Ukraine and Bulgaria began the final withdrawal of their combat troops from Iraq this week, reducing the U.S.-led military coalition to 24 countries. Another 12 countries have withdrawn their troops in the past two years.
Ukraine had the fifth largest contingent in the multi-national force, with nearly one thousand troops in the south-central part of Iraq, where Poland holds the command. Ukraine had already reduced its troop presence in Iraq from a high of more than 1,600, and the completion of the withdrawal fulfills a campaign promise by the country's new government.
Bulgaria was 11th on the coalition list with about 450 troops in Iraq. One report indicates Bulgaria may send some security guards to Iraq next year.
Pentagon spokesman Bryan Whitman says countries join and leave the coalition for a variety of reasons, and he says there are other ways some members contribute besides having troops on the ground.
"Every country will make decisions about commitments to various operations, to include Operation Iraqi Freedom," he said. "There are many ways in which countries are assisting in the global war on terror. Some of them are assisting in Iraq with forces. Some of them are assisting in many different ways, in terms of diplomatic, financial, law enforcement."
Still, Mr. Whitman says the withdrawal of the Ukrainian and Bulgarian troops will have an impact. It comes as the coalition commander in Iraq is working on an expected plan to reduce the number of U.S. troops in the country.
"That does play into the number of commitments on the part of other countries, to include the United States," he added.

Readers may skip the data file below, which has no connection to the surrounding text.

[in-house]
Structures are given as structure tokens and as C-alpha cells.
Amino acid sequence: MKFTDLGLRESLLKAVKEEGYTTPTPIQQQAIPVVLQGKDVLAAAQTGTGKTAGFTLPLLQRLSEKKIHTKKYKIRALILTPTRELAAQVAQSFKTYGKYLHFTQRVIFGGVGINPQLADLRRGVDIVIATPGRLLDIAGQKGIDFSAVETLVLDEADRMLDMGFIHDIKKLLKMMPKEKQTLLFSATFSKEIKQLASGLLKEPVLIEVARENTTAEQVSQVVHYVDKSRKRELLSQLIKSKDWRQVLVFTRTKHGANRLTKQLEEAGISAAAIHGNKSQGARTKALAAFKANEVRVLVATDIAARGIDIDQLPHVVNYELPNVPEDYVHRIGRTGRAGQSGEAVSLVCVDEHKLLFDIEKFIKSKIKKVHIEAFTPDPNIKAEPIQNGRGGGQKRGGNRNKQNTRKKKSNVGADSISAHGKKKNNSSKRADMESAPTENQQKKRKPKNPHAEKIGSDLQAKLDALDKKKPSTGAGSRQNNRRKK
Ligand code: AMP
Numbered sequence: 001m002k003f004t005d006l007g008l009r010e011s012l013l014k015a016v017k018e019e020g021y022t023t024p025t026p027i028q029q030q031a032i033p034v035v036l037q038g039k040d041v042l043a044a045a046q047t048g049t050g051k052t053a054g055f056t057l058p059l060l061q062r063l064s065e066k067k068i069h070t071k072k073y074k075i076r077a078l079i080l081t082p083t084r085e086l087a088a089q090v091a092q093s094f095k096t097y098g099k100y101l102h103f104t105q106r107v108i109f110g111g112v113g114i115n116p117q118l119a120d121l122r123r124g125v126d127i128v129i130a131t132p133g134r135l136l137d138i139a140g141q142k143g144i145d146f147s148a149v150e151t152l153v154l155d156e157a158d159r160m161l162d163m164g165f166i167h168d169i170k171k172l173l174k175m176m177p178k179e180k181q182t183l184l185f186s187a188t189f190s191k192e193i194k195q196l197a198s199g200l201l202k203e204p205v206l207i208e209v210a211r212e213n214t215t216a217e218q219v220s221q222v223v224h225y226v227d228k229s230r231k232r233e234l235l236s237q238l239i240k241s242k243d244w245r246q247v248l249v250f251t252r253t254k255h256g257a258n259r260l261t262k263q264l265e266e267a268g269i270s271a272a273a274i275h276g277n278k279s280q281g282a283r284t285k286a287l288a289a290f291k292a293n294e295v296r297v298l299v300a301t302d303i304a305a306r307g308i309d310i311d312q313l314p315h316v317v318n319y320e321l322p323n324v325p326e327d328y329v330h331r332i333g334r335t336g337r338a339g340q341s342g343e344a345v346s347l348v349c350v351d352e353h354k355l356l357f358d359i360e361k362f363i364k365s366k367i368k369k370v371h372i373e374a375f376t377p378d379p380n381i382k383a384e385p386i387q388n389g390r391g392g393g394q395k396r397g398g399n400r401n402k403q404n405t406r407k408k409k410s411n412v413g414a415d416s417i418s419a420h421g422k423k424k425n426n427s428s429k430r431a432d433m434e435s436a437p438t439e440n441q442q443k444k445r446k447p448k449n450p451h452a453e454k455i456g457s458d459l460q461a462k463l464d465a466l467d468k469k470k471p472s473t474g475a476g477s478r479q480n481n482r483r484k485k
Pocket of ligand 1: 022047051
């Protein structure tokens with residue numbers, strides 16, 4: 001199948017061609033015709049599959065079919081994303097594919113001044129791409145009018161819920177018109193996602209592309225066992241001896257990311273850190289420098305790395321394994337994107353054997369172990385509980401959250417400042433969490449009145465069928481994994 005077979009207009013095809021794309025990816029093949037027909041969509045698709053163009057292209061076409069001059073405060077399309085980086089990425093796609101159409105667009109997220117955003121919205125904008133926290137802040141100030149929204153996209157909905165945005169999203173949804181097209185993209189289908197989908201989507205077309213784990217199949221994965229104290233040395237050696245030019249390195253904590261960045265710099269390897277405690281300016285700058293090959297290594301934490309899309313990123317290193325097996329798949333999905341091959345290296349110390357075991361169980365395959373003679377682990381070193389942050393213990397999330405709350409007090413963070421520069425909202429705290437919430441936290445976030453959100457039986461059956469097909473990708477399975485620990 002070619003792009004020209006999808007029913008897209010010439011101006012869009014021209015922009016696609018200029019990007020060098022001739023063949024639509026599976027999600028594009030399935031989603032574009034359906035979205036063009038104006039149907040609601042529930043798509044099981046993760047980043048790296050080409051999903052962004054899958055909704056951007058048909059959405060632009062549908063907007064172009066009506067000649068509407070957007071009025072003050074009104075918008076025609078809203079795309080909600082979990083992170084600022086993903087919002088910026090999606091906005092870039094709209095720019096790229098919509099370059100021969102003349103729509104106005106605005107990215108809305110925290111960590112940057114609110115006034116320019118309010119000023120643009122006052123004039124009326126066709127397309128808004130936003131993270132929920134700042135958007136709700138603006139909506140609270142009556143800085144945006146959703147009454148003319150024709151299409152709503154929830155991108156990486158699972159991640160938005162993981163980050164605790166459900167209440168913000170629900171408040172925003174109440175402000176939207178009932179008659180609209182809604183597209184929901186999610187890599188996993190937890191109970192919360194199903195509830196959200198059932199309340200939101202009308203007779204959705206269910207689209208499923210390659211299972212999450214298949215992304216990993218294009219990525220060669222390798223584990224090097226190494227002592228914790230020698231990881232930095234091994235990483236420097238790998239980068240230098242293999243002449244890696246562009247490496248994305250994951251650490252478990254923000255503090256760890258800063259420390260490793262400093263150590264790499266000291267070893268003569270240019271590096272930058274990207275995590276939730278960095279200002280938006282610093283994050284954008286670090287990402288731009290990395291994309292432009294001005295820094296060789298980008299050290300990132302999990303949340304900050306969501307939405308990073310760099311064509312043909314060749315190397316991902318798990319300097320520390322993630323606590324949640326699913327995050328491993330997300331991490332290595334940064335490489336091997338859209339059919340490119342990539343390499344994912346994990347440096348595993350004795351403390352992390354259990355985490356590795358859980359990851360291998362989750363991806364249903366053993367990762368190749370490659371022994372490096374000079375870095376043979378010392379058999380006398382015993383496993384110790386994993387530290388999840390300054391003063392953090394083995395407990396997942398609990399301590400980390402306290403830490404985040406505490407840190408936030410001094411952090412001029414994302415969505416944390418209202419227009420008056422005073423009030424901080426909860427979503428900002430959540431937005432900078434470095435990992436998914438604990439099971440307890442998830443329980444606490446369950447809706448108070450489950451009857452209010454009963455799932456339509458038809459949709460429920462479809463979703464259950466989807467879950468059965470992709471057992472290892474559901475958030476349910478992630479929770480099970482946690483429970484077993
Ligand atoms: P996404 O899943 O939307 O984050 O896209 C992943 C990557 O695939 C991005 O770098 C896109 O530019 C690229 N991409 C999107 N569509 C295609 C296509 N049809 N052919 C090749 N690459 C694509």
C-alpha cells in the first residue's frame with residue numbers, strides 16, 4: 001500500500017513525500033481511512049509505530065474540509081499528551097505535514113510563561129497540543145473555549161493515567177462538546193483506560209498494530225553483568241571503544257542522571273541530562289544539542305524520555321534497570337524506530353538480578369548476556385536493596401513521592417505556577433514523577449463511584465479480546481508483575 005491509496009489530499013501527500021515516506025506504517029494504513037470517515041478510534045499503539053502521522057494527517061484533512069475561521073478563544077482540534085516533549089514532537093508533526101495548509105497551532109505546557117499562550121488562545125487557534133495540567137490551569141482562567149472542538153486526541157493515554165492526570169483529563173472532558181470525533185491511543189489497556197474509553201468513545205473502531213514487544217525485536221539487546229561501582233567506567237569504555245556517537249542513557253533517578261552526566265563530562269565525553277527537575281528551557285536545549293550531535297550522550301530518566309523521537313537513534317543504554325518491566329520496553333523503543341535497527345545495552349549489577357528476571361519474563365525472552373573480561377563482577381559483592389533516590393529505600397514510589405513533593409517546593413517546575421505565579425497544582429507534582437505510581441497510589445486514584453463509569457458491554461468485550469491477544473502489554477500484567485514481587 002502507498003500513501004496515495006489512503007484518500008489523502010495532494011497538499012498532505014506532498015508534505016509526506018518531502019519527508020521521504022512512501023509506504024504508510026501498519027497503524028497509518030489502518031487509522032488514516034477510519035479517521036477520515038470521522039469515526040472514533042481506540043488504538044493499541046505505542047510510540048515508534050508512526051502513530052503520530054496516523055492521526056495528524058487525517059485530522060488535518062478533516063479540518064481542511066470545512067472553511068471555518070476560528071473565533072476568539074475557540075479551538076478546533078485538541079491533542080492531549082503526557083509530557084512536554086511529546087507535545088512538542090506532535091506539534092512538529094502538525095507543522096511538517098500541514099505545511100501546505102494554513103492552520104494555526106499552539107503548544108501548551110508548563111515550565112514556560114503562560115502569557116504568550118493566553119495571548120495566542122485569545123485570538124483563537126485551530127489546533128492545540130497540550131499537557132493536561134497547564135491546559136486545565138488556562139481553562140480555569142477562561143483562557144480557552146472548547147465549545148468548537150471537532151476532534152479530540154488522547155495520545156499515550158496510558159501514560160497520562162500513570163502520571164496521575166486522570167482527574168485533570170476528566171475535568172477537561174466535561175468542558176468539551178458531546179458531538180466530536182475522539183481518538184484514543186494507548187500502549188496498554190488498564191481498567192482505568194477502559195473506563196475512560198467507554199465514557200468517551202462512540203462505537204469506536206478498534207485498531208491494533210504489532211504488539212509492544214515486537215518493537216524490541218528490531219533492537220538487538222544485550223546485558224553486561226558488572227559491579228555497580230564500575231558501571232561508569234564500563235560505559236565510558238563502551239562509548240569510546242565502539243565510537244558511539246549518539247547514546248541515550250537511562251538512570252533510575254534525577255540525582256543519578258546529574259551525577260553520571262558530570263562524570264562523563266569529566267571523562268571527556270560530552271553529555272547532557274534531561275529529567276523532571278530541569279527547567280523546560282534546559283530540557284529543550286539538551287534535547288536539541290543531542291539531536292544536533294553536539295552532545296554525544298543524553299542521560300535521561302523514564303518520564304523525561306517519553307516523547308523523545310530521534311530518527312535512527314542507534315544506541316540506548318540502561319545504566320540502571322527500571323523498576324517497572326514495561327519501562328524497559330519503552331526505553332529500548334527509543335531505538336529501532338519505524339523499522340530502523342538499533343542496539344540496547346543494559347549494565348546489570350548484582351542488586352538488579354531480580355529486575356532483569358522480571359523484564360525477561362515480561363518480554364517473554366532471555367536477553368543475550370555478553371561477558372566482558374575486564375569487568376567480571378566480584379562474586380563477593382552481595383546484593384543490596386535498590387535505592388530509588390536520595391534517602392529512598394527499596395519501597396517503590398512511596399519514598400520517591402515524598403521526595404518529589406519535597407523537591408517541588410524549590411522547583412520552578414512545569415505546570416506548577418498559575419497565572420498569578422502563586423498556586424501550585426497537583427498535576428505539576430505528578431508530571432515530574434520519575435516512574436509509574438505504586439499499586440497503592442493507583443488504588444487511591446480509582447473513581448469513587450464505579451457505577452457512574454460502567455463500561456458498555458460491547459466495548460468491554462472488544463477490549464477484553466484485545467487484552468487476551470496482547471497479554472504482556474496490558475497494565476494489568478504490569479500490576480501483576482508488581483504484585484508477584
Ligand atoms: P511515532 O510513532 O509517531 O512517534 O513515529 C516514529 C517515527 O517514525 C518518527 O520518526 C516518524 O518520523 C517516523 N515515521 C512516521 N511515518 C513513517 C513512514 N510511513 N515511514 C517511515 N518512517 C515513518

Mr. Whitman also notes that other countries are either joining or re-committing to the coalition. Bosnia recently deployed 36 bomb experts to Iraq, while Japan, Italy and Poland made commitments to stay in spite of domestic opposition.
At the Council on Foreign Relations, in New York, staff writer Lionel Beehner follows developments in the Iraq coalition. He does not expect the Ukrainian and Bulgarian withdrawals to have a major impact.
"I don't think it has huge implications," he said. "It's not going to break the back of our efforts there."
Mr. Beehner says aside from the largest coalition members -- the United States, Britain, Italy and Poland -- other contingents mainly provide non-combat support and symbolism.
"A lot of these countries in the coalition are really providing more symbolic support," he explained. "They're non-combat troops. They're not on the front lines. A lot of them are in the south of Iraq, where it's much more peaceful, and they are providing assistance in training, reconstruction and other things."
Still, both Ukraine and Bulgaria suffered significant casualties during their deployments, which helped erode public and political support for the missions back home. Bulgaria lost 13 troops, while the larger Ukrainian force lost 18.